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The US Can't Make Enough Fuel and There's No Fix in Sight

A shrinking fleet of domestic refineries is producing a greater share of the world’s gasoline and diesel, setting the stage for a supply crisis.

Emissions rise from an oil refinery in Memphis, Tennessee.
Emissions rise from an oil refinery in Memphis, Tennessee.Photographer: Luke Sharrett/Bloomberg
Corrected

From record gasoline prices to higher airfares to fears of diesel rationing ahead, America’s runaway energy market is disquieting both US travelers and the wider economy. But the chief driver isn’t high crude prices or even the rebound in demand: It’s simply too few refineries turning oil into usable fuels.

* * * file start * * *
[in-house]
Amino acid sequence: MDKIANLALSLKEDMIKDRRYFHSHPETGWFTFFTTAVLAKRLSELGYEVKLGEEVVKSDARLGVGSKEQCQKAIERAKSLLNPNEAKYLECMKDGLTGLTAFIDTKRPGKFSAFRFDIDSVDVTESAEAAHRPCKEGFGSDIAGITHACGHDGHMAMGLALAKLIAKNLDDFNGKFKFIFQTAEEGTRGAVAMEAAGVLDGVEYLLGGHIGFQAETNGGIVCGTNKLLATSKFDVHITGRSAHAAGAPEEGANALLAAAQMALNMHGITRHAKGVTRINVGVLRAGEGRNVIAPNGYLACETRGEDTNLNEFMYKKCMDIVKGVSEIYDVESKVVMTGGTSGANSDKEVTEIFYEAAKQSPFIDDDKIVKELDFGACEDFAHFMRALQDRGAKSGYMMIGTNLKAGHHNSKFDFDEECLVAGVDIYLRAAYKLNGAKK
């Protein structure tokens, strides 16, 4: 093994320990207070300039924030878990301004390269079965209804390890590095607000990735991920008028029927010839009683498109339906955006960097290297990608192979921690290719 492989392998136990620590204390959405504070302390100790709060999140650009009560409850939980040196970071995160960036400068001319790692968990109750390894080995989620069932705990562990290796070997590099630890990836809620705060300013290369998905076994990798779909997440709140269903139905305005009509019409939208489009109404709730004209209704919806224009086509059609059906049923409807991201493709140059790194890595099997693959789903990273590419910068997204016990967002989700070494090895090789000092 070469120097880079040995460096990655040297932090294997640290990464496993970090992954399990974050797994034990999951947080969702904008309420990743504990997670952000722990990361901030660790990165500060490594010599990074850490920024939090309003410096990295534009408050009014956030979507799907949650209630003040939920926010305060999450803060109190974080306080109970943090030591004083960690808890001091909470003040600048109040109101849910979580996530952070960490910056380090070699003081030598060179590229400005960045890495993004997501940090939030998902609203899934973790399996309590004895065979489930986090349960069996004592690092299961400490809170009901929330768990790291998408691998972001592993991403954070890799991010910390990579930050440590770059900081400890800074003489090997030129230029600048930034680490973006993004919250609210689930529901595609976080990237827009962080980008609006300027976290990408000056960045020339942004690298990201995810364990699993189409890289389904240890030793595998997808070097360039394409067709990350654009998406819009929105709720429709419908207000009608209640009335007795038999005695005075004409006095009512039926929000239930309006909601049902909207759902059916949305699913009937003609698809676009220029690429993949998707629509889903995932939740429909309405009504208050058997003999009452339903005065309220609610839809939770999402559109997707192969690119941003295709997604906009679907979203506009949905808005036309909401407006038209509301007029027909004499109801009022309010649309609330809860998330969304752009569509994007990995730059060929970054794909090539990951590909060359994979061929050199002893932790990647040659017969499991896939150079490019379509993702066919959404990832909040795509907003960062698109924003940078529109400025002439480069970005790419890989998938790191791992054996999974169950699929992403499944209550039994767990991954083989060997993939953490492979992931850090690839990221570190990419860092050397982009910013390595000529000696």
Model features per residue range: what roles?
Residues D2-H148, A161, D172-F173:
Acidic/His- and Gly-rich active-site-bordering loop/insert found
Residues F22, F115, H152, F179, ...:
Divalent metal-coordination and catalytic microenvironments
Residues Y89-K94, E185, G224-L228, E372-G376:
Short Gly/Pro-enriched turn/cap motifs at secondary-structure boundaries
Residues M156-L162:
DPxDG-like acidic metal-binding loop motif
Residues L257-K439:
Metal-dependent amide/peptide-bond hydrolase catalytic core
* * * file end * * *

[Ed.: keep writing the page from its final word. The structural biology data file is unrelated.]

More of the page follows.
More than 1 million barrels a day of the country’s oil refining capacity — or about 5% overall — has shut since the beginning of the pandemic. Elsewhere in the world, capacity has shrunk by 2.13 million additional barrels a day, energy consultancy Turner, Mason & Co. estimates. And with no plans to bring new US plants online, even though refiners are reaping record profits, the supply squeeze is only going to get worse.